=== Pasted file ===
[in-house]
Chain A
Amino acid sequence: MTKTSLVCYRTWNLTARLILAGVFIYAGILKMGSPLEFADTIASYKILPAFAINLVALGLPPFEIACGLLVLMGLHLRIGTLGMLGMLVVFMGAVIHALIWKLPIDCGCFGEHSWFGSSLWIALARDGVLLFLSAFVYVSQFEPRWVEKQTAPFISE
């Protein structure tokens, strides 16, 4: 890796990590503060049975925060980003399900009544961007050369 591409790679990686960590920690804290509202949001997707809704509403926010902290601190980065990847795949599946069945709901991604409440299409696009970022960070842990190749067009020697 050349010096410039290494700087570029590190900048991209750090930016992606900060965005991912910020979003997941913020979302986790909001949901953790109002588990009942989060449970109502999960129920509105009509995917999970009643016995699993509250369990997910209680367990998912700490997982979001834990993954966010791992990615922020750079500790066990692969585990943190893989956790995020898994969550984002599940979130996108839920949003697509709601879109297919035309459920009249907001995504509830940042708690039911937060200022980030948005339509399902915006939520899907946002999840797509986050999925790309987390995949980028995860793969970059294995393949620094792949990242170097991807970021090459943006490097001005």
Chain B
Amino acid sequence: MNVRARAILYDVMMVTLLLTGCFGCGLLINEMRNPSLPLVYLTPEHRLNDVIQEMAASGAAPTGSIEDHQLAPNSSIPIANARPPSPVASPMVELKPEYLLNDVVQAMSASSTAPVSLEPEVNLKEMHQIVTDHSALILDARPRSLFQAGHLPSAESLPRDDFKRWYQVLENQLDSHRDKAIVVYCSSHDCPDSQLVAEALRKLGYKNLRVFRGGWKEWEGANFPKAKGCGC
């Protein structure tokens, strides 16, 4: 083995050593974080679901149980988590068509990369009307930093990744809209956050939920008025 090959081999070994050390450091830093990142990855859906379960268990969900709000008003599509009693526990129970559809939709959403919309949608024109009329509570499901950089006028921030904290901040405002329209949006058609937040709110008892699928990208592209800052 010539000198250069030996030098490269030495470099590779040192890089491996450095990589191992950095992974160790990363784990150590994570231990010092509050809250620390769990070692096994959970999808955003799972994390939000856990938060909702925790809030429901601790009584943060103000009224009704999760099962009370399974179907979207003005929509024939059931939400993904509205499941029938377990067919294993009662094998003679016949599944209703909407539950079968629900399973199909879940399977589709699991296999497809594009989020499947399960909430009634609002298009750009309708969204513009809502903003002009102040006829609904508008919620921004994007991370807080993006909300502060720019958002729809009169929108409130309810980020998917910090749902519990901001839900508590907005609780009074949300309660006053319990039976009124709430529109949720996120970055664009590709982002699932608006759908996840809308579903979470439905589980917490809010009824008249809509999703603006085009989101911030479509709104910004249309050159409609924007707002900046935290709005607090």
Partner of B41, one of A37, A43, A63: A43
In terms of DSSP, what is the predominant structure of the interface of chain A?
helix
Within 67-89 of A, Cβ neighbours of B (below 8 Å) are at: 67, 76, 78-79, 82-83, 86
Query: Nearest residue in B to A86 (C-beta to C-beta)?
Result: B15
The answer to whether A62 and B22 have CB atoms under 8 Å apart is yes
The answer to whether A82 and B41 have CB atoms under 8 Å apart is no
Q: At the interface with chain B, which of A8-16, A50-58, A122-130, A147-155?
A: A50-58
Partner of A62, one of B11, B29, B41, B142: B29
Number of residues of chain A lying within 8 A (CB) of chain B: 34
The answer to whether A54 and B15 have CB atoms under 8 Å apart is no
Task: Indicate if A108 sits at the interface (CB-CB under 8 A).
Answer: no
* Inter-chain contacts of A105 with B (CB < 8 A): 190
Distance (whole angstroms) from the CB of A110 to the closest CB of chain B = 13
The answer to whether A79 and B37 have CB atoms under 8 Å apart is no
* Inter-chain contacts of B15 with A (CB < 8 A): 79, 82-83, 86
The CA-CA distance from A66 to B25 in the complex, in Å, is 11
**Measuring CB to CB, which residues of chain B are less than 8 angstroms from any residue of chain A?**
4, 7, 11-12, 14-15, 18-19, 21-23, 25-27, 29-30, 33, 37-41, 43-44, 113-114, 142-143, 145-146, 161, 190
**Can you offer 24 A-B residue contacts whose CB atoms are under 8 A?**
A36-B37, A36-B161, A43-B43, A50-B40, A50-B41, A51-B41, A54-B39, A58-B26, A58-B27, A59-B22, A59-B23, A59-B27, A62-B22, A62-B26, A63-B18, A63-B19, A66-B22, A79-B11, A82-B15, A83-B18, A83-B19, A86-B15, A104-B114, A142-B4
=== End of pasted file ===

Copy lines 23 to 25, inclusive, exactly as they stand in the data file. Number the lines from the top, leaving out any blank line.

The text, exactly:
* Inter-chain contacts of A105 with B (CB < 8 A): 190
Distance (whole angstroms) from the CB of A110 to the closest CB of chain B = 13
The answer to whether A79 and B37 have CB atoms under 8 Å apart is no